Scrum is an agile software development process model

Scrum is one of various agile processes for software development and project management – others include Crystal, Extreme Programming (XP) or Feature Driven Development (FDD).

The background: the same specific problems often occur in traditional software projects, the cause of which are the process models because these are often inflexible and bureaucratic, and will unnecessarily restrict the entire team. The main problem lies in unrealistic expectations; one should first completely analyse and specify a large software project in advance, and accurately predict the costs. Scrum confronts this with its agile approach.

In the 1980s, there was a push to question the well-known project management methodologies and to look for more agile approaches. A few years later, the first Scrum projects were carried out. Since the turn of the millennium, Scrum’s success could not be stopped due to the growing number of successful projects.

Scum is based on an incremental approach, the organisation of development steps and meetings at pre-defined intervals and the realisation that a functioning software product is more important than three hundred specifications.

Scrum is based on a well-coordinated team of developers

Scrum has three roles for those taking part in the agile software development process: the Product Owner, who sets the technical requirements and priorities, the Scrum Master, who manages the approach of the process and removes obstacles and the team that develops the software product. There are also the Stakeholders, who serve as observers and advisors.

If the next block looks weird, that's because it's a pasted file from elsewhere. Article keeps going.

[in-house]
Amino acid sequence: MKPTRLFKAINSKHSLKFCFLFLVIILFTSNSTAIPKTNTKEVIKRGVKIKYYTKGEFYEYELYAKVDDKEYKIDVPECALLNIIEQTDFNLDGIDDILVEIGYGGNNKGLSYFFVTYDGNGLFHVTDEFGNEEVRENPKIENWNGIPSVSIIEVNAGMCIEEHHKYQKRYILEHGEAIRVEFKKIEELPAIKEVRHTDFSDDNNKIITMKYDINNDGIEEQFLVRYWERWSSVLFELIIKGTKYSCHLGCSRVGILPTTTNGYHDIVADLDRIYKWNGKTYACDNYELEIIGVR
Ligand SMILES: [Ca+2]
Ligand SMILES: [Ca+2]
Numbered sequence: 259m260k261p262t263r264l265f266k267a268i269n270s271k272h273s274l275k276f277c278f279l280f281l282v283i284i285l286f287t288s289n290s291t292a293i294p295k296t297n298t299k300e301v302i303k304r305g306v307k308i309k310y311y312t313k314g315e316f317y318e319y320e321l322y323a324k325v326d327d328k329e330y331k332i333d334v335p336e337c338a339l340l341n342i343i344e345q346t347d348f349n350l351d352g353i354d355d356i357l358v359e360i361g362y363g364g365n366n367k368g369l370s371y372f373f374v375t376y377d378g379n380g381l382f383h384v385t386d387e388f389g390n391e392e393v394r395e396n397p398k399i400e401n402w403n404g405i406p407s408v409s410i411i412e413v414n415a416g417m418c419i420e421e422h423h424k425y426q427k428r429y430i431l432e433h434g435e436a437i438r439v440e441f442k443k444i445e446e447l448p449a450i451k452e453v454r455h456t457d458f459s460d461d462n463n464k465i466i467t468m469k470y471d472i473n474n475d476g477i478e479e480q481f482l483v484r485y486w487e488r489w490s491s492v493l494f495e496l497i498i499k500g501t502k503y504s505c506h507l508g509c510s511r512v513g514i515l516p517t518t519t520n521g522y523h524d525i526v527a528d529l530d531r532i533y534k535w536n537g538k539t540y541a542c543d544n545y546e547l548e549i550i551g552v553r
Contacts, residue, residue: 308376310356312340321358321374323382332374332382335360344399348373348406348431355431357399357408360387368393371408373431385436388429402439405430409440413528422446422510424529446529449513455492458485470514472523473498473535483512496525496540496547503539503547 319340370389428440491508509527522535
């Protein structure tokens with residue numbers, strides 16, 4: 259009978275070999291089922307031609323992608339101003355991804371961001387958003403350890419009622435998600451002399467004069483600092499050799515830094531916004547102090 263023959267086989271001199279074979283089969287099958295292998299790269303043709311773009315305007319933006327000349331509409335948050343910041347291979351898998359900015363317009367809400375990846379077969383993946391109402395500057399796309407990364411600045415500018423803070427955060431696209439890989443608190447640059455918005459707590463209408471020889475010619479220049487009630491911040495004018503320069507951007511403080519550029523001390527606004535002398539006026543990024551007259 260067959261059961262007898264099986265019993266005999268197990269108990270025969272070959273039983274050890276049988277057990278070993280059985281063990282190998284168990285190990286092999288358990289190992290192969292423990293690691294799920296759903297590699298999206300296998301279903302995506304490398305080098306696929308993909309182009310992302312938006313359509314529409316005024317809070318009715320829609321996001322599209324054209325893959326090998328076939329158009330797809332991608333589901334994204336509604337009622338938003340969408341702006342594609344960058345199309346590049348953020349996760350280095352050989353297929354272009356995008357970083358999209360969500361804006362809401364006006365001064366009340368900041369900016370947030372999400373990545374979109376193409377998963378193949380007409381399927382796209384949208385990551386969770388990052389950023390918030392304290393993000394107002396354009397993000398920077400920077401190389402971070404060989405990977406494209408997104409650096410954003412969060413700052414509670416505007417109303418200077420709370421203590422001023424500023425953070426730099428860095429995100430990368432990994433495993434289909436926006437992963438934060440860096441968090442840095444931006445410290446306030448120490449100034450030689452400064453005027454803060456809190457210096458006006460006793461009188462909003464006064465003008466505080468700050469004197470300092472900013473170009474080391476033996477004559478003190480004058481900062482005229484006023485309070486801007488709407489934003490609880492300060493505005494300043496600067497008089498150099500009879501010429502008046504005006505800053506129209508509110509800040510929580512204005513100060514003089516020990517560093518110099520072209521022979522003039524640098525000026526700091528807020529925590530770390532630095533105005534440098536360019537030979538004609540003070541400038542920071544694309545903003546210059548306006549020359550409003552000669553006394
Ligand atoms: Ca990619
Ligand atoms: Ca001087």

The requirements for Scrum software development are maintained in a list, and expanded and ordered according to priorities. This list is constantly changing. To enable meaningful work, each month a defined work package (including testing and documentation) is taken and implemented from high priority section of the to-do list by the team, in cooperation with the product owner. This work package, the Increment, is not modified with additional requirements during the on-going implementation process, in order to not risk its completion. All other parts of the list can be modified by the product owner in preparation for the subsequent processing or be newly given a new priority.

The work package is broken down into smaller packages (tasks) and held with each of the respective editors, and the remaining work is kept current in a further list. During the implementation the team focuses on implementing these tasks as a complete and potentially productive application, without any interference from outside. The team has a daily Scrum meeting, so that everyone will know what the others have been working on, what the next step is and what problems might come up.

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